As I’ve previously mentioned on the blog, we have in my town the Finnish Museum of Games, a large permanent exhibition about games and gaming in Finland, from Skolt Sámi games played with reindeer bones to political larp about the situation in Palestine.
The most recent cool thing to occur there is It’s a Trap!, an exhibition about role-playing games. It’s in a separate exhibition space, 100 m2 in size, and has nearly every role-playing game product released in the country on display.
I say “nearly” because every time we thought we had a full list, we turned up another booklet that someone self-published out of their garage in 1994 with a print run of 26 copies that was only sold by a dark stranger at the crossroads on a moonless night. In the beginning we figured there’d probably be around 100 titles – this including not only games but also supplements as well as translations. We ended up with around 350, and counting. Yes, this means we do have more RPG releases per capita than most other European countries, more RPG releases in absolute terms than a quite a few rather larger European countries, and yeah, Lamentations of the Flame Princess is the biggest publisher in the country.
“We” in this case mostly means Jaakko Stenros, games scholar and my partner in crime on the book project attached to the exhibition. My contribution to the show was the English translation of the exhibition texts – meaning that none of y’all have any excuse not to come and take a look – and co-editing Seikkailuja ja sankareita: Katsauksia suomalaisen roolipelaamisen historiaan ja nykyhetkeen, or as it would be in English: “Adventures and Heroes: An exploration of the past and present of Finnish role-playing”. It’s an article collection of a slim 128 pages, kinda in the vein of Knutebooks, with texts covering topics such as the history of the Fantasiapelit game store chain (a key player in the Finnish scene), the exploits of the gaming club in the city of Pori in the 1990s, Juhana Pettersson’s study of his character-driven playstyle, and an overview of academic games research. I am very satisfied with how the book turned out.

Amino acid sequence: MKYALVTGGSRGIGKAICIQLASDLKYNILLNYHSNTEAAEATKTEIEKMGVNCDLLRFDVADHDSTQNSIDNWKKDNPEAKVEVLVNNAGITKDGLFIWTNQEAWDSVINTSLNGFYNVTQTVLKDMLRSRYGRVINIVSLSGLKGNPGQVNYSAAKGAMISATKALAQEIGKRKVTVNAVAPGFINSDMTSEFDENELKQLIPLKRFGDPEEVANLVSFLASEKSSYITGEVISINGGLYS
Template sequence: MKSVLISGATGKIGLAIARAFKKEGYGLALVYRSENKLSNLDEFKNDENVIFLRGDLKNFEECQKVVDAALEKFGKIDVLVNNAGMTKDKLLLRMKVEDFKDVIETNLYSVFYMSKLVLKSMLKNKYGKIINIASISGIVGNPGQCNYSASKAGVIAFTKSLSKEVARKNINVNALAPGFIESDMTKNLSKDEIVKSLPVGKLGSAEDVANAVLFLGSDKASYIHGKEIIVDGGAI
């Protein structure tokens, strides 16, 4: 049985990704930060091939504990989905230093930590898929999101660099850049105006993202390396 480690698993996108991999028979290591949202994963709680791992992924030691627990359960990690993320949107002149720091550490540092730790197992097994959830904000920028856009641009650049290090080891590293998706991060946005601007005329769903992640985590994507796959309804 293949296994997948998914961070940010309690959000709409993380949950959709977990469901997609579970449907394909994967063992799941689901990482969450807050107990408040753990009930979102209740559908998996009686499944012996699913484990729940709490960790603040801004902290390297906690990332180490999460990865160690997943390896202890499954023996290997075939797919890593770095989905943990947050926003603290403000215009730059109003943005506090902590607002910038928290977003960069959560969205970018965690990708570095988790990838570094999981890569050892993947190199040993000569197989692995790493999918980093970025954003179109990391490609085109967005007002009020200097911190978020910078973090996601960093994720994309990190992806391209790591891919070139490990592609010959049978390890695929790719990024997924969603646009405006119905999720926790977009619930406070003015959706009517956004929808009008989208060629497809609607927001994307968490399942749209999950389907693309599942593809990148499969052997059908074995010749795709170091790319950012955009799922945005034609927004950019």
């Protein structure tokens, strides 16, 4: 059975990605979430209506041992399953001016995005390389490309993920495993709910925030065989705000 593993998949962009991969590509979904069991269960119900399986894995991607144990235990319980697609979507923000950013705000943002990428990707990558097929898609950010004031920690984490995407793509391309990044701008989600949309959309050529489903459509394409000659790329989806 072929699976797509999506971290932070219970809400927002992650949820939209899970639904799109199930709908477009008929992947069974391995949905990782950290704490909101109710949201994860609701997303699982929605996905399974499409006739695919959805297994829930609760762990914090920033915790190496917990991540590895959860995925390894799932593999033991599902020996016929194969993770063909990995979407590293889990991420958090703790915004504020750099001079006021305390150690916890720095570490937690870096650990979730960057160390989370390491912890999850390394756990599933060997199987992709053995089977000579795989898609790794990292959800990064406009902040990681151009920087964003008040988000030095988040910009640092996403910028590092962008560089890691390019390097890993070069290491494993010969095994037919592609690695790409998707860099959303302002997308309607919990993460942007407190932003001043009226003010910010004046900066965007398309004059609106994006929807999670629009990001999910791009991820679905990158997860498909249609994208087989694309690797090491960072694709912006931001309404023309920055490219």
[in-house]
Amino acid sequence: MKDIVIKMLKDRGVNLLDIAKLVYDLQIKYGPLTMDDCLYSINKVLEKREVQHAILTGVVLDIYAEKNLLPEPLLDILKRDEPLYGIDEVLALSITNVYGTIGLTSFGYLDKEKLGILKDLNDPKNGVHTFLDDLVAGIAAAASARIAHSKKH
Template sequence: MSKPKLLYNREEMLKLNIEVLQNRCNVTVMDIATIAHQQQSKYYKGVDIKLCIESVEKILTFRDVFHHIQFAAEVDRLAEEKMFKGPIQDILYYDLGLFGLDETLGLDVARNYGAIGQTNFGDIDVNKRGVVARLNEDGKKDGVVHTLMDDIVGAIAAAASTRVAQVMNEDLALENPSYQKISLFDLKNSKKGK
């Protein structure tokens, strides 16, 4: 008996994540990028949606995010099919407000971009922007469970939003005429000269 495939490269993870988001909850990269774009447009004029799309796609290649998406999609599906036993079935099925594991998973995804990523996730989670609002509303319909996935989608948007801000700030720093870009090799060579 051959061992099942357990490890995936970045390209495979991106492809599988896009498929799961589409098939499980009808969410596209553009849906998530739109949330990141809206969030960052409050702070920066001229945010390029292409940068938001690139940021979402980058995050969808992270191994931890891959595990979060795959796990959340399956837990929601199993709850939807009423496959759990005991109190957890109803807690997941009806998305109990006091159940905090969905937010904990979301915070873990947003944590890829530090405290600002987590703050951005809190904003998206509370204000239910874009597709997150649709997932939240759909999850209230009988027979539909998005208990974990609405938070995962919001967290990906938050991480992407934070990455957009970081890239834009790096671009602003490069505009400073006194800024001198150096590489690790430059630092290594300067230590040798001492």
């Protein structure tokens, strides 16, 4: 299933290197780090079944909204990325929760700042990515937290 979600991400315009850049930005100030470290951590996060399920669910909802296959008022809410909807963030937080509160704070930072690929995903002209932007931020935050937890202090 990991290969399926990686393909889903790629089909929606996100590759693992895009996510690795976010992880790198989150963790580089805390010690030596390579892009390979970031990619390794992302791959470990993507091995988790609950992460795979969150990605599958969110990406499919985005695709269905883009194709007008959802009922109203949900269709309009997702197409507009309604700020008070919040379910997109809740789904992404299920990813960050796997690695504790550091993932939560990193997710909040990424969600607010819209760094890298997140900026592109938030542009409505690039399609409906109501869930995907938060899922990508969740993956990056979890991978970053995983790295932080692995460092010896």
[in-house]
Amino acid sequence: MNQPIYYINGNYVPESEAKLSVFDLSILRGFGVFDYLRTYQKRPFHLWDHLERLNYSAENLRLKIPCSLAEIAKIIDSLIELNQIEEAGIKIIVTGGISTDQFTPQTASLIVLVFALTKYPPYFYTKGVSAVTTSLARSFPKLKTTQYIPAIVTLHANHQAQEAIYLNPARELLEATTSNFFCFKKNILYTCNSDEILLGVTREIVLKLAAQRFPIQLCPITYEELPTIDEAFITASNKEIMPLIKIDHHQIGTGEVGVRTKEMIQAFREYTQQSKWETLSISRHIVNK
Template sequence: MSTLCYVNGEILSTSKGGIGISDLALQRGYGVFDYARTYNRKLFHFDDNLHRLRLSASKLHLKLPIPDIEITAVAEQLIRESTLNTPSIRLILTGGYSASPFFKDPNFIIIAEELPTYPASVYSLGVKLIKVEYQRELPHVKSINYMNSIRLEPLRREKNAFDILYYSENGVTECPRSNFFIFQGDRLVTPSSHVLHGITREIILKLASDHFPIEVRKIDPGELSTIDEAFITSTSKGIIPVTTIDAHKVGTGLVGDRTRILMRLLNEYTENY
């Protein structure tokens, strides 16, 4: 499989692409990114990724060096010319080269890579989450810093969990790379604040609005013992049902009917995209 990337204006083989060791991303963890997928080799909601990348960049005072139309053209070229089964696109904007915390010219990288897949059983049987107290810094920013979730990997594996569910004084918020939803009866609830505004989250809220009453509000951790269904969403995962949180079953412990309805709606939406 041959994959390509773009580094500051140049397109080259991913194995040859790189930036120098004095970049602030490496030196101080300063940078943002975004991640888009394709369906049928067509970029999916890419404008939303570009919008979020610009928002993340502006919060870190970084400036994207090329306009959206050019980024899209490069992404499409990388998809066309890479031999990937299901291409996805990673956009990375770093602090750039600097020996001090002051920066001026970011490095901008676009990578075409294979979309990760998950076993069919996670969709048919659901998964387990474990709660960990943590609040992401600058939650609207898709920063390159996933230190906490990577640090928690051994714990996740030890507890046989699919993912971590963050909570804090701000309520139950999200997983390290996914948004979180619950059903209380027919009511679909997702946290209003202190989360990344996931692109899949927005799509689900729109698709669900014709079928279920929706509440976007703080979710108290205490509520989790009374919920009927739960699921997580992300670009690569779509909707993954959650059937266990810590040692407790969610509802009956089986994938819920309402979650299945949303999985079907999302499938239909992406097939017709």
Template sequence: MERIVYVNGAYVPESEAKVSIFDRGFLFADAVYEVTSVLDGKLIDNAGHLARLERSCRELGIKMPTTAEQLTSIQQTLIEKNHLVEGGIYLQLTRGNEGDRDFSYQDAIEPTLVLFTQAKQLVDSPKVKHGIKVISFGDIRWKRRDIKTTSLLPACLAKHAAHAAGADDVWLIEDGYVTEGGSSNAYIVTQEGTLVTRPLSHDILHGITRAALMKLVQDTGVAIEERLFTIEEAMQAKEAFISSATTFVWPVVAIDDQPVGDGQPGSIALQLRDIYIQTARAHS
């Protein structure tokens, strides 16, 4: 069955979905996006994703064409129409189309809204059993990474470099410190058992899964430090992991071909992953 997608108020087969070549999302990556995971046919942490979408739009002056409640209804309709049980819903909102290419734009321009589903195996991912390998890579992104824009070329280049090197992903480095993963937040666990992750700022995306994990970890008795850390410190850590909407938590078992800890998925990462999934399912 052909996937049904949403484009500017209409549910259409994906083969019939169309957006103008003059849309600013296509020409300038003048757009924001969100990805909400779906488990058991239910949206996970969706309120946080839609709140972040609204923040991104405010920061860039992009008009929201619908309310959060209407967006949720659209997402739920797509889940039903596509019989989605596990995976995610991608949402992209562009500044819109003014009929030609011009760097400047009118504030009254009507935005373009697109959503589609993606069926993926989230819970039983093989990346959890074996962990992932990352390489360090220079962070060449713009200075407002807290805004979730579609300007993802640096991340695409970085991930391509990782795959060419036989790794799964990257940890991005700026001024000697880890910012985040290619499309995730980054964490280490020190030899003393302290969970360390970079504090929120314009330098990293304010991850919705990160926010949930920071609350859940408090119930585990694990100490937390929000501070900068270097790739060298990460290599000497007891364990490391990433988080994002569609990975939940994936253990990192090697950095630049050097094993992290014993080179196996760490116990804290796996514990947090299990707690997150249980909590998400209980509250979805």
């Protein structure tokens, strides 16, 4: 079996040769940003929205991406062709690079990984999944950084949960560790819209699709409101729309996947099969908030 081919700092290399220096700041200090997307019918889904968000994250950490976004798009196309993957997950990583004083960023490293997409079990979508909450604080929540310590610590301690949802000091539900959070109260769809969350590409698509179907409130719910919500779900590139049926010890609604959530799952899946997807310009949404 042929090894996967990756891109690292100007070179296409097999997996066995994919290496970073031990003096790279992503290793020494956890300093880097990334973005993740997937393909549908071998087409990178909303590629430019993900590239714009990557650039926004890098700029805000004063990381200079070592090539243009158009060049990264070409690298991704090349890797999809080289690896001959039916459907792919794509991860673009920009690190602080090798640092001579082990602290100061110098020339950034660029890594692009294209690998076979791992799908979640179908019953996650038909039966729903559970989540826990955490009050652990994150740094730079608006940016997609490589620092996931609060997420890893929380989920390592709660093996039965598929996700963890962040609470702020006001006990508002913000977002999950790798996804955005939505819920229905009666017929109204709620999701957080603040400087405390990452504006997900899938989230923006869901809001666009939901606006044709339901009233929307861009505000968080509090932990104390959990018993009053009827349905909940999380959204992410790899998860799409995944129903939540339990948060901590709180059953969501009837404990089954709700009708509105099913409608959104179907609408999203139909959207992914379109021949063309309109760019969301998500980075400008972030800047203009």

The exhibition itself is a marvel. It contains rarities even I had never before seen in the wild or even heard about, such as Nousius, the third-ever Finnish RPG, or Verald, the first and to our knowledge only Fennoswedish RPG. There’s outré stuff like Steissin yö (“Night at the Station”), which is a mid-90s youth education game about the dangers of the Helsinki Railway Station at night, or Syvä uni (“Deep Sleep”), a farcical work about nonmilitary service. And there’s a table you can game at, with character sheets and rulebooks available for a bunch of games. Interactivity at its best. It’s there until January 6th, 2019.
We’re also doing an event day called Museocon on the 4th of November, and we’re in the home stretch for hammering out the program. I will reveal that there will be opportunities to play games that few have played before, and hear talks about RPGs from game designers who haven’t taken the stage at Ropecon since the 90s, or ever. I am excited!